The Lunar New Year, also known as Chinese New Year, is a time for bidding farewell to things that no longer serve us and welcoming in a new, prosperous year. Similarly, when staging a home for the real estate market, it’s important to remove elements that detract from the beauty and functionality of a space and instead focus on the positive emotional connection created in each room of the home.
The art of Feng Shui follows this practice. Feng Shui is a “living art form,” designed to move energy (chi) and create balance in the environment. By creating balance in the home, a person responds to the dwelling on a molecular level – physically, mentally, emotionally and spiritually – thus achieving the health, happiness, relationships and prosperity they desire by living in harmony with their environments.
Unfortunately, too many times I have read advice where using Feng Shui in staging contradicts the fundamental staging principle that the room must appeal to the masses. I prefer a more practical, Western approach to the basics of Feng Shui. There are wonderful truths to incorporate into staging work using Feng Shui, while others (like hanging crystals in the entry) just won’t work at all.
**(Please note: Feng Shui–whether Flying Stars, Ba-Gua, Form School, or intuitive–is an ancient Asian art and science that requires many years of study and practice to become proficient. Thus, please regard these tips simply as guidelines. Feng Shui is FAR too expansive to summarize in a single blog post!)**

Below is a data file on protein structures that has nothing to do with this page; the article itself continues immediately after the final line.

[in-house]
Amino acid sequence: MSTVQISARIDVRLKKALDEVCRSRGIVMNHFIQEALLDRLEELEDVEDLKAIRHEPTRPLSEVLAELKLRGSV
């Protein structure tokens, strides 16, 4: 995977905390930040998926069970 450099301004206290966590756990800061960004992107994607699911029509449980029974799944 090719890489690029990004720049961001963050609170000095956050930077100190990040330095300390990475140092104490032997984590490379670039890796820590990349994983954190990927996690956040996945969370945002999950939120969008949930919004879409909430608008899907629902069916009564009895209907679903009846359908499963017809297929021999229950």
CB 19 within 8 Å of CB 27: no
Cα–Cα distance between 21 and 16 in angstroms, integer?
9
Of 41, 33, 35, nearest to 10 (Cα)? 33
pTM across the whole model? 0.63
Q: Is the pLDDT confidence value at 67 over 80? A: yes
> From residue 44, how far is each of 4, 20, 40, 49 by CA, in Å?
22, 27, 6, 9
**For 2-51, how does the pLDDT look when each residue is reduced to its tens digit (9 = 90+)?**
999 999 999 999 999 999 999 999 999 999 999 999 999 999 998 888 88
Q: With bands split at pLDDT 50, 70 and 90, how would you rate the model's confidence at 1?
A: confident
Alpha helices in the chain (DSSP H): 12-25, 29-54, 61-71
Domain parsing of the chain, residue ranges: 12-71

If chi, which is the vital energy that flows through all things, can’t get in and move around, chances are the home interior will feel stale and flat. It doesn’t take much to liven up the chi in a home, encouraging it to flow smoothly throughout the space. Simple changes in the selection, color, and arrangement of a seller’s furnishings can help the space come alive!
- Minimize and remove clutter. Welcome chi with a spacious looking home.
- Be careful the flow to and from a room is not blocked by furniture.
- Only pictures in hallways – no furniture. A few exceptions might be if the hallway is extremely large and needs movement – usually not the situation.
- No shoe racks FILLED with shoes or hat/coat racks FILLED with items by any door.
- No more than five pots hanging on a pot rack in the kitchen.
- No knives on the kitchen counter; nothing sharp or pointed anyplace in or around the home.
- Doors should not squeak or stick, have broken handles, or loose latches.
- Minimal books and bookcases (judgment call) and leave some shelves clear.
- Limit accessories to three on tables.
The main “mouth of Chi” enters through the front door of the home, circulates through the interior and exits through secondary doors and windows. Since chi follows the same pathways that people use, make sure there is nothing obstructing those passages, thus blocking chi. Some of the things that can block chi from entering into the home (AND are staging no-no’s) include
- Cracks or uneven paving stones in a cement path leading towards the front door.
- Overgrown bushes or tree branches hanging in the path (cut them back).
- Inadequate lighting.
- Unstable steps, decking, or handrails.
- Outdoor clutter (garden hoses, toys, bikes, and broken outdoor furniture and pottery).
Following the practice of Feng Shui can contradict some of the staging know-how with which we are so familiar. So walk the fine line and know that buyers’ emotions and mass appeal come first when it comes to staging.
**Feng Shui–whether Flying Stars, Ba-Gua, Form School, or intuitive–is an ancient Asian art and science that requires many years of study and practice to become proficient. Thus, please regard these tips simply as guidelines. Feng Shui is FAR too expansive to summarize in a single blog post!**